Captain Dejar, Aavat, and Kovor were waiting. As our new friends approached, Dejar stepped forward and extended a hand in the universal greeting. The apparent leader, I assumed it was male, stepped forward and returned the greeting, reaching forward and grasping Dejar’s forearm as Dejar grasped his.

“Welcome aboard the Rogue Star,” Dejar said. “I thank you for your assistance against the Dominion. It is highly appreciated.”

“We are happy to have been of assistance, Captain,” the beautiful man answered, his voice almost musical. “My name is Phezn. We,” he started, waiving his arm to include his small entourage, which consisted of two males and two females, both of which were difficult to keep my eyes off of. “We are the Gaed. We are not of the Dominion, nor are we friends of the Dominion.”

“Well, as you could see, neither are we,” Dejar said.

“Yes. However, you must understand, while we are not friends of the Dominion, we are also not enemies. We have a polite agreement to leave one another alone,” Phezn explained.

“I see. Then, if you don’t mind my asking, why did you come to our rescue?”

Phezn tilted his head a bit, as if he was a bit amused by the question. “As I said, we are not friends with the Dominion. You had folded to the edge of our system, then drifted in. They were in our system without permission, so we escorted them away.”

Dejar nodded.

It didn’t make sense to me, though. There had to be more reason behind it. If they weren’t friends, but also weren’t enemies, then wouldn’t the smart thing for the Gaed to do be simply turn us over in order to keep their relationship ambivalent?

“Well, I thank you again,” Dejar said. “Now, you said something about wanting to speak.”


“Okay, what about?”

Phezn looked back at his people, and at their nod, he turned back to Dejar. “We wish to offer you, your crew, and your ship a safe haven in which to stay away from the Dominion.”

I was blown away, and I guessed that Xyla was as well, she had let out a small gasp. One of the Gaed looked in our direction, a small smile on her face, before turning her attention back to Dejar and Phezn.

“Well, I am obviously very grateful for your offer,” Dejar said as he turned to Aavat and Kovor. They looked almost as surprised as I was. “But, and I don’t mean to be rude in any manner, I must ask why you would offer this to us.”

Phezn nodded in understanding. “I understand your hesitation. After your infiltration of the Dominion facility and the subsequent broadcast of their secret actions, our leaders felt that you and your people were worth helping if you ever needed it.”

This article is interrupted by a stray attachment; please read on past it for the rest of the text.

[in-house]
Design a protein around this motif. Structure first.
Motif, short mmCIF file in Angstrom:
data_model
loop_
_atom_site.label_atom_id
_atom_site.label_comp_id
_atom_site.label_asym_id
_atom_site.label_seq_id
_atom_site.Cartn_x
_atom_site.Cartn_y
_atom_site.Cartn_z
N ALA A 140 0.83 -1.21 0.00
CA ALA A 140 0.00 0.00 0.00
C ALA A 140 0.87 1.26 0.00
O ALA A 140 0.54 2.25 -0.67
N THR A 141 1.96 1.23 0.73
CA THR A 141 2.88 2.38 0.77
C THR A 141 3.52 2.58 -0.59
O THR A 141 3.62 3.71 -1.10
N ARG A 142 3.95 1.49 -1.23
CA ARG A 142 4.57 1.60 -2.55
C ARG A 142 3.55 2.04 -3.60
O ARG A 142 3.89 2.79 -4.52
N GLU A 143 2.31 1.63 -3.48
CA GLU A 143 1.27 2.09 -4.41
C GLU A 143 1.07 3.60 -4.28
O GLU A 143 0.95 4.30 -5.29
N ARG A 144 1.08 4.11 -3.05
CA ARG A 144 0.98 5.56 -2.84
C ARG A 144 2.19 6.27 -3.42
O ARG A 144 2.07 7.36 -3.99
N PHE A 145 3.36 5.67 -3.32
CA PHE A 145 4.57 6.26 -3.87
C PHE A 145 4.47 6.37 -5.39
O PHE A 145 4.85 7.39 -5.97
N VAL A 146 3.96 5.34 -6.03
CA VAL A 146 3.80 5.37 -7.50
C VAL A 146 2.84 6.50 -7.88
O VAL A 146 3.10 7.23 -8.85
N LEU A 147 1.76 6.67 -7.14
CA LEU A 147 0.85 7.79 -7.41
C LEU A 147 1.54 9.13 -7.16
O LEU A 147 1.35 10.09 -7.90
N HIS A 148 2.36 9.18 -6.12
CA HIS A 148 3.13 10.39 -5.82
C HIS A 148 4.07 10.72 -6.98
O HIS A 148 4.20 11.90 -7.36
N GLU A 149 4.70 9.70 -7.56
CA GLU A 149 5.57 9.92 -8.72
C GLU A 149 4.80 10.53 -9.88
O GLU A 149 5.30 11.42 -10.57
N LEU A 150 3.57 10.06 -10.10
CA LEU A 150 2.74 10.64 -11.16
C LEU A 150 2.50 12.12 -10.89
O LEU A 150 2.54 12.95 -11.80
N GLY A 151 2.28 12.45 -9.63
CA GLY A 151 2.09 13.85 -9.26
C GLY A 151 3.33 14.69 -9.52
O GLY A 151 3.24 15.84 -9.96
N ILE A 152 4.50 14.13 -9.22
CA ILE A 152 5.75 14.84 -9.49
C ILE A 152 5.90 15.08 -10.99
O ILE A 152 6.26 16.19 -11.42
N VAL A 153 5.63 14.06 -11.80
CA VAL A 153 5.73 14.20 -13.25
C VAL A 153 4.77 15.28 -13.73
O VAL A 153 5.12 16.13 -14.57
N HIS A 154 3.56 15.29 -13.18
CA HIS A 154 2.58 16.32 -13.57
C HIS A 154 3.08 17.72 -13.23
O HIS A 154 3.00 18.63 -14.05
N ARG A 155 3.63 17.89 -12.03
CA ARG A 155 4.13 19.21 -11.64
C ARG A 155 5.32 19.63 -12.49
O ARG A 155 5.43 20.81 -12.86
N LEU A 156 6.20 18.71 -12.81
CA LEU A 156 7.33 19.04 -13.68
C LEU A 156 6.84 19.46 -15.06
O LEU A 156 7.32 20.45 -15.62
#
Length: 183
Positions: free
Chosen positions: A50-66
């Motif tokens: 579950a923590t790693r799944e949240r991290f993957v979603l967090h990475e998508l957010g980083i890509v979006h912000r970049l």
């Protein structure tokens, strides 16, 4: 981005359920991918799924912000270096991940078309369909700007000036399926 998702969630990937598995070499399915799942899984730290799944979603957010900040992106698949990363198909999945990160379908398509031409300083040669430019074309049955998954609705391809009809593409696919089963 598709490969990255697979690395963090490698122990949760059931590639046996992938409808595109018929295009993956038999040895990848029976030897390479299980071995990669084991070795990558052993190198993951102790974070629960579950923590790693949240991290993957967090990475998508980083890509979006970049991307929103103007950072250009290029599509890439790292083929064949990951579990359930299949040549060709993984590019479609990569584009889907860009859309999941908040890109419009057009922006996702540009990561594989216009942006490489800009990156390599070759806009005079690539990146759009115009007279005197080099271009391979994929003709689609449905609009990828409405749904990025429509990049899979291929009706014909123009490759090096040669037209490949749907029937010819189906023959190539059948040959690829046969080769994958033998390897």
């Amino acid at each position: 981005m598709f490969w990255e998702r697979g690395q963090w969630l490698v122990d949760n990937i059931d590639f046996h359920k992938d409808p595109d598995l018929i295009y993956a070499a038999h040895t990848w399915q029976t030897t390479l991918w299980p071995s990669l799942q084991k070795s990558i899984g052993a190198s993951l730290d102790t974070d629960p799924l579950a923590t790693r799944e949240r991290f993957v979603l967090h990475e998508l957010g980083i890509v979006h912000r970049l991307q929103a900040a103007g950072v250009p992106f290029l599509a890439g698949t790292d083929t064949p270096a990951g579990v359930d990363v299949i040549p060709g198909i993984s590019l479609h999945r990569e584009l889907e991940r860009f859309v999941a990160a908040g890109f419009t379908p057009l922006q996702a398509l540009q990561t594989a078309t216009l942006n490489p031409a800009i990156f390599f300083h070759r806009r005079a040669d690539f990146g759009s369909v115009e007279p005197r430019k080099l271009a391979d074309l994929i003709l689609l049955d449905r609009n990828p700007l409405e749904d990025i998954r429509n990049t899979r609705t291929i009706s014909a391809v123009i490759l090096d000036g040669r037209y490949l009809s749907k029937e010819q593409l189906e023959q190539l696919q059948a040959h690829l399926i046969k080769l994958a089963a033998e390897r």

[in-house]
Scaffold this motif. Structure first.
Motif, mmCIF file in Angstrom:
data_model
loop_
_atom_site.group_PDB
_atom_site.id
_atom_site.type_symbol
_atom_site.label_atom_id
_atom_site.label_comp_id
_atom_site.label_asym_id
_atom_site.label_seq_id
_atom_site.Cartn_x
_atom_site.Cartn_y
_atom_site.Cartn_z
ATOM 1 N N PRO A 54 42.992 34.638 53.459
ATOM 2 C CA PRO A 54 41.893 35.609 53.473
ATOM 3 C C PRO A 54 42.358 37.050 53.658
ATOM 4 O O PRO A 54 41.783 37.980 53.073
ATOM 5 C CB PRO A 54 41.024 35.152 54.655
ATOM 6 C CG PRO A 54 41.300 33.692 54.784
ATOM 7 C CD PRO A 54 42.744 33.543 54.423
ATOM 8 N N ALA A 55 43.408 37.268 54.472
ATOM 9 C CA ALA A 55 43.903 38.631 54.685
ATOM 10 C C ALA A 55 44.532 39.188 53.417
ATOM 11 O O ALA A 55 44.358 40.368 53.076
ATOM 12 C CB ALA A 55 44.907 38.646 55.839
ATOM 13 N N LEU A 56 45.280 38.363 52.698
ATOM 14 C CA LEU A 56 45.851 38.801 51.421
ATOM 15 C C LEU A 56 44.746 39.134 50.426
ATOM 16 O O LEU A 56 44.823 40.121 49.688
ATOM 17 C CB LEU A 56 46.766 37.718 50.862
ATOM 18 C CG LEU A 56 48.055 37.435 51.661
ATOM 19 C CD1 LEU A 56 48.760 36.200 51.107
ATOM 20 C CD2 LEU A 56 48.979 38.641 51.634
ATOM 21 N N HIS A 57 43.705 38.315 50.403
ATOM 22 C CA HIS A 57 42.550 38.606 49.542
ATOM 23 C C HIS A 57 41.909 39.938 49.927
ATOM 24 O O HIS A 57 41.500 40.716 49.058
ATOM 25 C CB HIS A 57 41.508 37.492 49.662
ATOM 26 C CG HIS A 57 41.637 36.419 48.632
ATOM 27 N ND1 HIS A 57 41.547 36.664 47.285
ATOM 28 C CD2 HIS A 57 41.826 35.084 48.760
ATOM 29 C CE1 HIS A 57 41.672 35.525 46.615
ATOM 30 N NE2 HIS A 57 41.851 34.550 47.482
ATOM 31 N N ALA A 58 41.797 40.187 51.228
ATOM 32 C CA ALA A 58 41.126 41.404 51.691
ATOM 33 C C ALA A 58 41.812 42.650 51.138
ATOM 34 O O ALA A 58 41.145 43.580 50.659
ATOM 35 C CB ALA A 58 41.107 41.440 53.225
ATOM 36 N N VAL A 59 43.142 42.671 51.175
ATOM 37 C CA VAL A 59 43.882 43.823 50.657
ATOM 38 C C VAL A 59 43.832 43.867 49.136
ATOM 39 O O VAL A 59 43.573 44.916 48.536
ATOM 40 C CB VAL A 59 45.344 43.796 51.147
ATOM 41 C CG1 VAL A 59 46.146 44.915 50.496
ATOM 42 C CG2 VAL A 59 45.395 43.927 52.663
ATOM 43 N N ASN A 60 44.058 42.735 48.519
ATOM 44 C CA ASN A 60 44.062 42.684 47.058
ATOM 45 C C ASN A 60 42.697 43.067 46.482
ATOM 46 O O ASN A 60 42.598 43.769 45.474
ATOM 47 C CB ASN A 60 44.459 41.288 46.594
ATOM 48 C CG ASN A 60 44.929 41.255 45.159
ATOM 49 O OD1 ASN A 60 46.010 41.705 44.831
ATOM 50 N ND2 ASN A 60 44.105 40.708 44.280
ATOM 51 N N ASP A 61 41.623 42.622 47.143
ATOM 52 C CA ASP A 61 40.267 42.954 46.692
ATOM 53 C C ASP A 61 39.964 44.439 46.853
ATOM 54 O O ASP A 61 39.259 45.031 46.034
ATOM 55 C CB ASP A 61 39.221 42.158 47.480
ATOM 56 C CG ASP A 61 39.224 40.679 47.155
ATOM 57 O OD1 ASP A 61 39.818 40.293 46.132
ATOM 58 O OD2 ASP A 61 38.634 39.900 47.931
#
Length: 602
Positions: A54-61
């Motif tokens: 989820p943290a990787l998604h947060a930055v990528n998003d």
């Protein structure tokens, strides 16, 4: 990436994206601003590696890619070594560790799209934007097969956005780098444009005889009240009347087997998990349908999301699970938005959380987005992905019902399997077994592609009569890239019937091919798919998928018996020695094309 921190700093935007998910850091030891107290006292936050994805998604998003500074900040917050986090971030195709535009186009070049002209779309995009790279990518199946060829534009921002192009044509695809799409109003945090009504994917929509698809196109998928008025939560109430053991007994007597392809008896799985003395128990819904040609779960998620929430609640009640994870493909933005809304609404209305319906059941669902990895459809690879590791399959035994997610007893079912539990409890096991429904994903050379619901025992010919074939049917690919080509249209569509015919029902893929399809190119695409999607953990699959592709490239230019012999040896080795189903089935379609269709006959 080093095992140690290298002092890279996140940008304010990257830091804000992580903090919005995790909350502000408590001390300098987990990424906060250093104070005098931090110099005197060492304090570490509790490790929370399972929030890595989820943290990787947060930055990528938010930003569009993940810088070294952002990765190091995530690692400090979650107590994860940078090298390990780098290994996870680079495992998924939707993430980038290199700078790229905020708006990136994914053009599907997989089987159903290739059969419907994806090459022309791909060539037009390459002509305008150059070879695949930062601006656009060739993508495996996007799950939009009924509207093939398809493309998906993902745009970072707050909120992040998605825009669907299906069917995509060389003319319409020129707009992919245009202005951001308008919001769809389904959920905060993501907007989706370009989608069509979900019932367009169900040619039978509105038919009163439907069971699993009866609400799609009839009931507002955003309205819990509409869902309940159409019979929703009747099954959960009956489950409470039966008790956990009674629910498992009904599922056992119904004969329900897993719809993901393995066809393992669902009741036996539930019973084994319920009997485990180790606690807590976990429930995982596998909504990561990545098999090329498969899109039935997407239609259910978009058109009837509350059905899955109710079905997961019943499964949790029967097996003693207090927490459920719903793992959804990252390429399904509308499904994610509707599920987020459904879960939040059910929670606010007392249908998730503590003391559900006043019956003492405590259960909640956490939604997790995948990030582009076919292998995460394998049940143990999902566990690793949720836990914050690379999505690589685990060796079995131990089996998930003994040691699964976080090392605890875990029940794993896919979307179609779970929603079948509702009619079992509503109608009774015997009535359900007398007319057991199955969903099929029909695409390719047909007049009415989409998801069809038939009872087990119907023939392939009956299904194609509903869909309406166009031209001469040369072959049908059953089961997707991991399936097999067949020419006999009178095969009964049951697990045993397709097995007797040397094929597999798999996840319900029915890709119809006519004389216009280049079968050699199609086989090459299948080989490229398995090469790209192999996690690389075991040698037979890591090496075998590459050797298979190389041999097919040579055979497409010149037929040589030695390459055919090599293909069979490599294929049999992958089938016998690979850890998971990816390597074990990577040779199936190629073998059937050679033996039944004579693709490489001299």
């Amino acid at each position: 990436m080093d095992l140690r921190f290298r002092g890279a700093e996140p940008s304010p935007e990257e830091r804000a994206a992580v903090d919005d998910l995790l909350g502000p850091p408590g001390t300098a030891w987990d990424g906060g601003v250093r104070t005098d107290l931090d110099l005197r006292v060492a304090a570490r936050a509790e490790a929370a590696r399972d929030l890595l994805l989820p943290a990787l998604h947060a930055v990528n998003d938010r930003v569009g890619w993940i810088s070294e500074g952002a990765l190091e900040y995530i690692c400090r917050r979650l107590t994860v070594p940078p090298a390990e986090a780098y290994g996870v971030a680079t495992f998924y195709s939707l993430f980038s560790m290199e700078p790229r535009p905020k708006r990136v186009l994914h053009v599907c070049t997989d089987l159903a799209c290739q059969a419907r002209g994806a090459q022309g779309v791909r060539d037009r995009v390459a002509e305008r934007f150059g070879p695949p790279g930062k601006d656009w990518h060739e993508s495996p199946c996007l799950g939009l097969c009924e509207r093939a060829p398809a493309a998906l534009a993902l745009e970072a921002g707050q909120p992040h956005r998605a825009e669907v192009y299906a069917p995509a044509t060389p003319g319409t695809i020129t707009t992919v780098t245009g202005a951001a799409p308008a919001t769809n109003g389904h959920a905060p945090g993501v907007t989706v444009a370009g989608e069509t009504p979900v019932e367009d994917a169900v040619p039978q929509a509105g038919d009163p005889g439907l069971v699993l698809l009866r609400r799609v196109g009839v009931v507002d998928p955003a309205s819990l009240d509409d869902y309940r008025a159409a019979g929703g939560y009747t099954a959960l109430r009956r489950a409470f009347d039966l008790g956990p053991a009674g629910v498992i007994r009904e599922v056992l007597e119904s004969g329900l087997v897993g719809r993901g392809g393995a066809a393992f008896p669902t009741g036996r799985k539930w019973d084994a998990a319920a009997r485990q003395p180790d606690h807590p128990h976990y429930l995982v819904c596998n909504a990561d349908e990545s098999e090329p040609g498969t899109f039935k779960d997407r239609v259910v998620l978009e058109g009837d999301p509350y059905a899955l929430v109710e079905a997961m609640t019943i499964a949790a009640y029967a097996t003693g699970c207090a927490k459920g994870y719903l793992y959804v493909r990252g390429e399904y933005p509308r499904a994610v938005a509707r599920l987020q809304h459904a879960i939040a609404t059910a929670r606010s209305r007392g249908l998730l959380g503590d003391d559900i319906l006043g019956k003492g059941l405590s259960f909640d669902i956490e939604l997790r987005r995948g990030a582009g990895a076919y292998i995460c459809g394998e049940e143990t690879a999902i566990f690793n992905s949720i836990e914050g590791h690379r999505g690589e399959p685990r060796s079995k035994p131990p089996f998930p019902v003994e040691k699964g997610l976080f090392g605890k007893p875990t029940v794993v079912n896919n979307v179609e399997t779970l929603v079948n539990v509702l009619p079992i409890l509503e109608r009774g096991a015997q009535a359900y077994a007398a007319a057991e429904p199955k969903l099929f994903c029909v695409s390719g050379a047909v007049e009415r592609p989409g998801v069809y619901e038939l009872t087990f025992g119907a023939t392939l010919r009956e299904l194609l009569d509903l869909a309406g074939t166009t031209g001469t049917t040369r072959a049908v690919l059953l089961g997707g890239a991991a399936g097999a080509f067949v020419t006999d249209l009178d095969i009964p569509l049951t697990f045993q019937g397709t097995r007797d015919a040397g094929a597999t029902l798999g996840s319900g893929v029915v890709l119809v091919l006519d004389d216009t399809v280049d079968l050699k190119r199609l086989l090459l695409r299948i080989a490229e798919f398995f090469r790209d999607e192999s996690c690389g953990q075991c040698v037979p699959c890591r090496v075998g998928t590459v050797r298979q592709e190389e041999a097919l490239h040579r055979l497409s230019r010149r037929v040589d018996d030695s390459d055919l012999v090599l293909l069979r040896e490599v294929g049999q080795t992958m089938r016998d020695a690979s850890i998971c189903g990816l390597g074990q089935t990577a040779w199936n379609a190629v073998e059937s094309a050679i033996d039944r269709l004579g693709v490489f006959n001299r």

“Thank you,” Dejar said, flabbergasted. “But, won’t this put you in bad graces in your somewhat neutral relationship?”

“It is possible,” Phezn said flatly. “But it is a decision we agreed was worth the risk. Currently, the Dominion cannot risk attacking us, not with their newfound troubles from all around and within, all thanks to what you and your crew have done.”

Before Dejar could say anything, Aavat stepped forward. “This is a tremendous offer; can we speak about it for just a moment?”

“Why would you hesitate?” Phezn asked, turning his attention away from Dejar.

Aavat shrugged. “Think about it. We thought the Dominion could be trusted and we were betrayed. We thought a few others could be trusted, and they were involved in this, as well. I think we’ve earned the right to hesitate a moment.”

“You make a compelling argument. Very well,” Phezn said with a graceful nod. He then turned around and went back to his group as Dejar, Aavat, and Kovor talked.

It wasn’t that long of a conversation, and I could imagine it consisted mostly of the captains just trying to weigh the risks of staying versus trying to run.

Dejar turned back to Phezn, meeting him once again in the middle of the cargo bay. “We accept your gracious offer,” Dejar said, his hand extended.

Phezn accepted the extended hand with a smile. “It is an honor to begin a friendship with all of you.”

Xyla looked up at me, her eyes wide, but not in wonder.

That was more anger.